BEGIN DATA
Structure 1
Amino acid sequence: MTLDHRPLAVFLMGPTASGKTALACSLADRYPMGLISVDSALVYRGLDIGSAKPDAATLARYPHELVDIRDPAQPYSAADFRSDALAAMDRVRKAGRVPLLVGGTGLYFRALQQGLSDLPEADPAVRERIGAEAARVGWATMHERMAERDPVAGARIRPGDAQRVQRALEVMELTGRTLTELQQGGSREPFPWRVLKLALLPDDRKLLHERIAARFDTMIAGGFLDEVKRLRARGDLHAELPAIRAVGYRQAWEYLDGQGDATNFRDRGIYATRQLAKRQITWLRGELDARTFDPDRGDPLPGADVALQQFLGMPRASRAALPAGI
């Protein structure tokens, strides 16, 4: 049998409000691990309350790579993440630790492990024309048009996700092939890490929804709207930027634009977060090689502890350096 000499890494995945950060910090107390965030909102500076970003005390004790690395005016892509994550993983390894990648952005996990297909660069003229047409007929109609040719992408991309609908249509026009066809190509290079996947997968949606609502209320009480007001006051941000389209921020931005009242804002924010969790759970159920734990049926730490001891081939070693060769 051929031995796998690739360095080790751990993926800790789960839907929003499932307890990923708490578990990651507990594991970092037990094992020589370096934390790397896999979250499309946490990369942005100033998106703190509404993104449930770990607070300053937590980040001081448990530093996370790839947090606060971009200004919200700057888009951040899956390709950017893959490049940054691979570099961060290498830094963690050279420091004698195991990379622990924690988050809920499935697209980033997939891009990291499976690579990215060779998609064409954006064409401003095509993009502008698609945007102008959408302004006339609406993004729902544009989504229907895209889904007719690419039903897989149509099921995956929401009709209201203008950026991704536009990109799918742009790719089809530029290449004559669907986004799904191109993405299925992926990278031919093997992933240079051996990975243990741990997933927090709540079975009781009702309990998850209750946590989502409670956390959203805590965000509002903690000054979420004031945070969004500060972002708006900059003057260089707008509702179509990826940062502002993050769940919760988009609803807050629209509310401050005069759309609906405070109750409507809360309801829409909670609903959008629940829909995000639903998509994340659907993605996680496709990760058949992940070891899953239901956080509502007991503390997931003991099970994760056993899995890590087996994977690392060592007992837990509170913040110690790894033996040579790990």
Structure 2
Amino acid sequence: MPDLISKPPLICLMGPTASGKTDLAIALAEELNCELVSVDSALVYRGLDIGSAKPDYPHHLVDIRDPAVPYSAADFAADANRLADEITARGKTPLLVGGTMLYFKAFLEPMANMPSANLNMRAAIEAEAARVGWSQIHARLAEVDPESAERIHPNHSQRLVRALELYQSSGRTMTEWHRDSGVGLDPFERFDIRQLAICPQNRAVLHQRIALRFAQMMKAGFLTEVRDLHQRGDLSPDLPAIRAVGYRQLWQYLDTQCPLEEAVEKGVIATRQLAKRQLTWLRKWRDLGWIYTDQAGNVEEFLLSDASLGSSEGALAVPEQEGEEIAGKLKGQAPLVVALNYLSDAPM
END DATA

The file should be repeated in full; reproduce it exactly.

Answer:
Structure 1
Amino acid sequence: MTLDHRPLAVFLMGPTASGKTALACSLADRYPMGLISVDSALVYRGLDIGSAKPDAATLARYPHELVDIRDPAQPYSAADFRSDALAAMDRVRKAGRVPLLVGGTGLYFRALQQGLSDLPEADPAVRERIGAEAARVGWATMHERMAERDPVAGARIRPGDAQRVQRALEVMELTGRTLTELQQGGSREPFPWRVLKLALLPDDRKLLHERIAARFDTMIAGGFLDEVKRLRARGDLHAELPAIRAVGYRQAWEYLDGQGDATNFRDRGIYATRQLAKRQITWLRGELDARTFDPDRGDPLPGADVALQQFLGMPRASRAALPAGI
């Protein structure tokens, strides 16, 4: 049998409000691990309350790579993440630790492990024309048009996700092939890490929804709207930027634009977060090689502890350096 000499890494995945950060910090107390965030909102500076970003005390004790690395005016892509994550993983390894990648952005996990297909660069003229047409007929109609040719992408991309609908249509026009066809190509290079996947997968949606609502209320009480007001006051941000389209921020931005009242804002924010969790759970159920734990049926730490001891081939070693060769 051929031995796998690739360095080790751990993926800790789960839907929003499932307890990923708490578990990651507990594991970092037990094992020589370096934390790397896999979250499309946490990369942005100033998106703190509404993104449930770990607070300053937590980040001081448990530093996370790839947090606060971009200004919200700057888009951040899956390709950017893959490049940054691979570099961060290498830094963690050279420091004698195991990379622990924690988050809920499935697209980033997939891009990291499976690579990215060779998609064409954006064409401003095509993009502008698609945007102008959408302004006339609406993004729902544009989504229907895209889904007719690419039903897989149509099921995956929401009709209201203008950026991704536009990109799918742009790719089809530029290449004559669907986004799904191109993405299925992926990278031919093997992933240079051996990975243990741990997933927090709540079975009781009702309990998850209750946590989502409670956390959203805590965000509002903690000054979420004031945070969004500060972002708006900059003057260089707008509702179509990826940062502002993050769940919760988009609803807050629209509310401050005069759309609906405070109750409507809360309801829409909670609903959008629940829909995000639903998509994340659907993605996680496709990760058949992940070891899953239901956080509502007991503390997931003991099970994760056993899995890590087996994977690392060592007992837990509170913040110690790894033996040579790990």
Structure 2
Amino acid sequence: MPDLISKPPLICLMGPTASGKTDLAIALAEELNCELVSVDSALVYRGLDIGSAKPDYPHHLVDIRDPAVPYSAADFAADANRLADEITARGKTPLLVGGTMLYFKAFLEPMANMPSANLNMRAAIEAEAARVGWSQIHARLAEVDPESAERIHPNHSQRLVRALELYQSSGRTMTEWHRDSGVGLDPFERFDIRQLAICPQNRAVLHQRIALRFAQMMKAGFLTEVRDLHQRGDLSPDLPAIRAVGYRQLWQYLDTQCPLEEAVEKGVIATRQLAKRQLTWLRKWRDLGWIYTDQAGNVEEFLLSDASLGSSEGALAVPEQEGEEIAGKLKGQAPLVVALNYLSDAPM